I’m fascinated by predicting pitcher injuries but frustrated because a trip to the DL could mean so many different things. It could mean three missed starts or thirty missed starts. Have you done any work looking at which pitchers are more likely to suffer severe injuries as opposed to simply ending up on the DL as some time or another?

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    • Jeff Zimmerman says:

      I can/have, but the sample size just gets so small with SP. I try to work with samples of at least 20. I am just finding I need to get some baseline data for RP.

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  8. wildbill1221 says:

    The article asks some good questions and begins to get at the answers. However, don’t breaking pitches primarily put extra stress on the elbow? IF so perhaps only elbow injuries should be considered. Furthermore, breaking pitches may not be the cause of an injury, but rather an effect. If a shoulder injury has knocked a few miles per hour off your fastball then perhaps you increase your breaking ball percentage to compensate. This can lead to cascading injuries. Of course, if I am wrong about physiology and breaking ball put extra stress on more than just the elbow then you can just ignore this comment.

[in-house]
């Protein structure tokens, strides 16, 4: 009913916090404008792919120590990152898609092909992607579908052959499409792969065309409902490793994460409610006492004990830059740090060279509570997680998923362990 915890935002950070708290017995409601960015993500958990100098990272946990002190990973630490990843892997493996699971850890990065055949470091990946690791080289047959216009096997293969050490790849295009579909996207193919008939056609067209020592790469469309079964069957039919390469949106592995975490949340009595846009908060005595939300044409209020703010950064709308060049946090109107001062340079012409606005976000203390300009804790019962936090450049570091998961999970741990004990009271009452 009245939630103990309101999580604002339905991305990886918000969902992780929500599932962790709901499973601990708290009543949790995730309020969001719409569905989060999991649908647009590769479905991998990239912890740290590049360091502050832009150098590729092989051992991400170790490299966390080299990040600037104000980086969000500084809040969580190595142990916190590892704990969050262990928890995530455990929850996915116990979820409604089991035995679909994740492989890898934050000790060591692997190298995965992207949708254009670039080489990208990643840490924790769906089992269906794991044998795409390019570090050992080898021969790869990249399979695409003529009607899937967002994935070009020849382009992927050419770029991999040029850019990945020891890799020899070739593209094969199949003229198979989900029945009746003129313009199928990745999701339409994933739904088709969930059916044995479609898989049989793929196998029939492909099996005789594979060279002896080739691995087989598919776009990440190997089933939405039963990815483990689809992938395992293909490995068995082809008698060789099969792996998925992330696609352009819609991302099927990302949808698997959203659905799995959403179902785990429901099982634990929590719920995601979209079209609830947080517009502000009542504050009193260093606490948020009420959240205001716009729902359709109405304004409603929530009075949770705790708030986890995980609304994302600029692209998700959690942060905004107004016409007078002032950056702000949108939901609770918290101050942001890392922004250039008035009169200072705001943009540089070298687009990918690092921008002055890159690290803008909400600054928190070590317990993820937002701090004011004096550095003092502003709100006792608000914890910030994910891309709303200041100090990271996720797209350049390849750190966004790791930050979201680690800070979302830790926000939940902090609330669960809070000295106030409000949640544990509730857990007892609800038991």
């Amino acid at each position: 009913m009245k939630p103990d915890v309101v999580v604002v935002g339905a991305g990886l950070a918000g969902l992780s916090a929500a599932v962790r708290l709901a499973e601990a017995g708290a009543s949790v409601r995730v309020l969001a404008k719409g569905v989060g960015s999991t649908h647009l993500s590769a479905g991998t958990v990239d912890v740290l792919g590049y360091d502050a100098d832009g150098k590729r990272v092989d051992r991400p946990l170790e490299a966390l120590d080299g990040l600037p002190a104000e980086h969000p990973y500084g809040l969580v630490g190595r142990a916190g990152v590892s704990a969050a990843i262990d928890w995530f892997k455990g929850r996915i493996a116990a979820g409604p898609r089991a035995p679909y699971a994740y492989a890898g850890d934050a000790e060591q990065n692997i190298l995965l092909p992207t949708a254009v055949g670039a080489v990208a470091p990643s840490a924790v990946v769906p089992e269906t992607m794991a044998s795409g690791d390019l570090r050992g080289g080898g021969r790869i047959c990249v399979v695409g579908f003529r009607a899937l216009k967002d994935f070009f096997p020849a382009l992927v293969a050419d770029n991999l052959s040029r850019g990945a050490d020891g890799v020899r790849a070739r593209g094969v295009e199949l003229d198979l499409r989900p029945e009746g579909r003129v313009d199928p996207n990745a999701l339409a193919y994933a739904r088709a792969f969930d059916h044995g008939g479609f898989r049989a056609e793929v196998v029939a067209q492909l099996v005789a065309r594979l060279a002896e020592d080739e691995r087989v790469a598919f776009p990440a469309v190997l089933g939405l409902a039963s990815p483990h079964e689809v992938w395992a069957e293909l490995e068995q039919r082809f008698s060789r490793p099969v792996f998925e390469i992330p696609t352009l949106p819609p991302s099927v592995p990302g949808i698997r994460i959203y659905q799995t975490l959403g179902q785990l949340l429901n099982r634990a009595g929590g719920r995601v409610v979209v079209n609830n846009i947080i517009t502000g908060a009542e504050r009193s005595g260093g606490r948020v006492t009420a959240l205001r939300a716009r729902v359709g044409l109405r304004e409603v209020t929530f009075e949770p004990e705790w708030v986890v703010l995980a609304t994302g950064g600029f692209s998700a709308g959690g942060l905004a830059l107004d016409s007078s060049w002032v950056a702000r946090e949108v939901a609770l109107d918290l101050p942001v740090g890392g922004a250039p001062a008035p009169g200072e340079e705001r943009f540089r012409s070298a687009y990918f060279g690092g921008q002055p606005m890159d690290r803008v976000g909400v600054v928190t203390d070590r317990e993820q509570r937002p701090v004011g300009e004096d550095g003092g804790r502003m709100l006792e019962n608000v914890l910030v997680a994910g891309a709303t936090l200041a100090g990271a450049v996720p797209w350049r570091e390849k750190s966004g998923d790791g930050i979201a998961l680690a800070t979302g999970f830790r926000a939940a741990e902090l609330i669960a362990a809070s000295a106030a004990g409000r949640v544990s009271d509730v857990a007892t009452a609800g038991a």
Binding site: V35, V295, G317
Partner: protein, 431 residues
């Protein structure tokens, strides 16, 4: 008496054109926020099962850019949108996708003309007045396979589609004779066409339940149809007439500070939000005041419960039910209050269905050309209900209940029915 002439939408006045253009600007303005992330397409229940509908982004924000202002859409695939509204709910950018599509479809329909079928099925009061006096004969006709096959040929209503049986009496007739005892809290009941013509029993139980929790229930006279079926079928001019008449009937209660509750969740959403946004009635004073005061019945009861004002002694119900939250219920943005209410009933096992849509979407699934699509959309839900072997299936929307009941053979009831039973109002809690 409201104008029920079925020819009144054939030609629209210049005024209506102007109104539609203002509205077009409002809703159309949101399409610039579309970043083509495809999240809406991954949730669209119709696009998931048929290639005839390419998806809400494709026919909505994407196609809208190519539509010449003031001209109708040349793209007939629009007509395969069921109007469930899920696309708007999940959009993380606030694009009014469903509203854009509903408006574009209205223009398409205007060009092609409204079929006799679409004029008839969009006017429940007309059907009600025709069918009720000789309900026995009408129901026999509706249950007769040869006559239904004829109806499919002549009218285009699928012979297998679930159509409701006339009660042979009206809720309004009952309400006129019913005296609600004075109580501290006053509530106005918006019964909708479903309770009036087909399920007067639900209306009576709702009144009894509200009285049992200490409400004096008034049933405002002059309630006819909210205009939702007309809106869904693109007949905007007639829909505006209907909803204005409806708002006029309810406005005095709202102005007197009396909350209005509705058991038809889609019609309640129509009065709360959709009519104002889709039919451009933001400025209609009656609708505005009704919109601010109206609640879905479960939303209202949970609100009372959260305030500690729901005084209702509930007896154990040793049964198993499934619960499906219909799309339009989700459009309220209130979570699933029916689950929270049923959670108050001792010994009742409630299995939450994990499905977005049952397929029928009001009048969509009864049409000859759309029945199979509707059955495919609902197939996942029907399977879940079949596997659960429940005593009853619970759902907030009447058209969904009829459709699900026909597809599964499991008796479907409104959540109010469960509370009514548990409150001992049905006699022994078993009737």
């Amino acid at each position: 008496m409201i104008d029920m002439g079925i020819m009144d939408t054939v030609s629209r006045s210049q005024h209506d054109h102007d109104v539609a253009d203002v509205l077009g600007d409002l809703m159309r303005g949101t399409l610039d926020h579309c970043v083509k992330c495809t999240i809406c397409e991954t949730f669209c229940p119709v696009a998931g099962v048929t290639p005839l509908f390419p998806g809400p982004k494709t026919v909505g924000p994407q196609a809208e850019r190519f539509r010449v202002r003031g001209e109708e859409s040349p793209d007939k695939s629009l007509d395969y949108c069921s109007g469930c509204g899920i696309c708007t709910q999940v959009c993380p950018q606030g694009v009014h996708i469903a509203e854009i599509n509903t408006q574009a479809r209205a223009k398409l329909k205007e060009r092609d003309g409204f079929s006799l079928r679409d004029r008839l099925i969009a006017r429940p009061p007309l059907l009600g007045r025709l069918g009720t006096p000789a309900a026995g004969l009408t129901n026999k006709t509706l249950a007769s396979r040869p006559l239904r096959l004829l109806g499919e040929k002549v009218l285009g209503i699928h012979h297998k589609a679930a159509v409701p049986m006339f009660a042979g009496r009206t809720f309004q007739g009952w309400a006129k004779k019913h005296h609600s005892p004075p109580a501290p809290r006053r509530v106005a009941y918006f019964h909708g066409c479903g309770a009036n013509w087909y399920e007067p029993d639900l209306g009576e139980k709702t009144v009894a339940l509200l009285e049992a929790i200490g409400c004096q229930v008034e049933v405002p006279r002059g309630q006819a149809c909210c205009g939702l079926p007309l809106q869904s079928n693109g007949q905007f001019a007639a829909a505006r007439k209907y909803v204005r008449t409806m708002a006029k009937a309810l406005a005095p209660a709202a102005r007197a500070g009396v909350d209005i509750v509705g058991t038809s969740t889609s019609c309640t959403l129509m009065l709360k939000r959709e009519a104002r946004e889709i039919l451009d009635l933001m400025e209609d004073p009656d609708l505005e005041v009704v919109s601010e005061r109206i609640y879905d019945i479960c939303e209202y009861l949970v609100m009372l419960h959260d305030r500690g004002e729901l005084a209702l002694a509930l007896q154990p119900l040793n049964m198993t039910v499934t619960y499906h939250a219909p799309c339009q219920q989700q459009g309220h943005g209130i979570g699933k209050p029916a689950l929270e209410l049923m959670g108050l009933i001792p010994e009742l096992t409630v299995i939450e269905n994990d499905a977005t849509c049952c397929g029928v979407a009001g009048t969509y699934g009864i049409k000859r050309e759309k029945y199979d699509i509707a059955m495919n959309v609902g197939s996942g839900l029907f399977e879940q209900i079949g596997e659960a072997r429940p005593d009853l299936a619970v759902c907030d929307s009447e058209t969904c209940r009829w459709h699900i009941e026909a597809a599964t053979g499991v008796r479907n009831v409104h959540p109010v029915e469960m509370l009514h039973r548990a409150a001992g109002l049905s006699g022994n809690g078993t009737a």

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  9. Commodore says:

    Jeff – I’d like to know what the results are for the pitchers that hit this threshhold but don’t get injured. Then I’d like to see the results against league average and the pitchers that don’t make the list. Essentially, without knowing the REWARD half of this well demonstrated RISK, it’s hard to put any value on the information other than potential DL time. To impact my draft and roster management strategies, we’d need to see both cost and benefit. I hope you have time to build on the insights you’ve teased us with. Regards.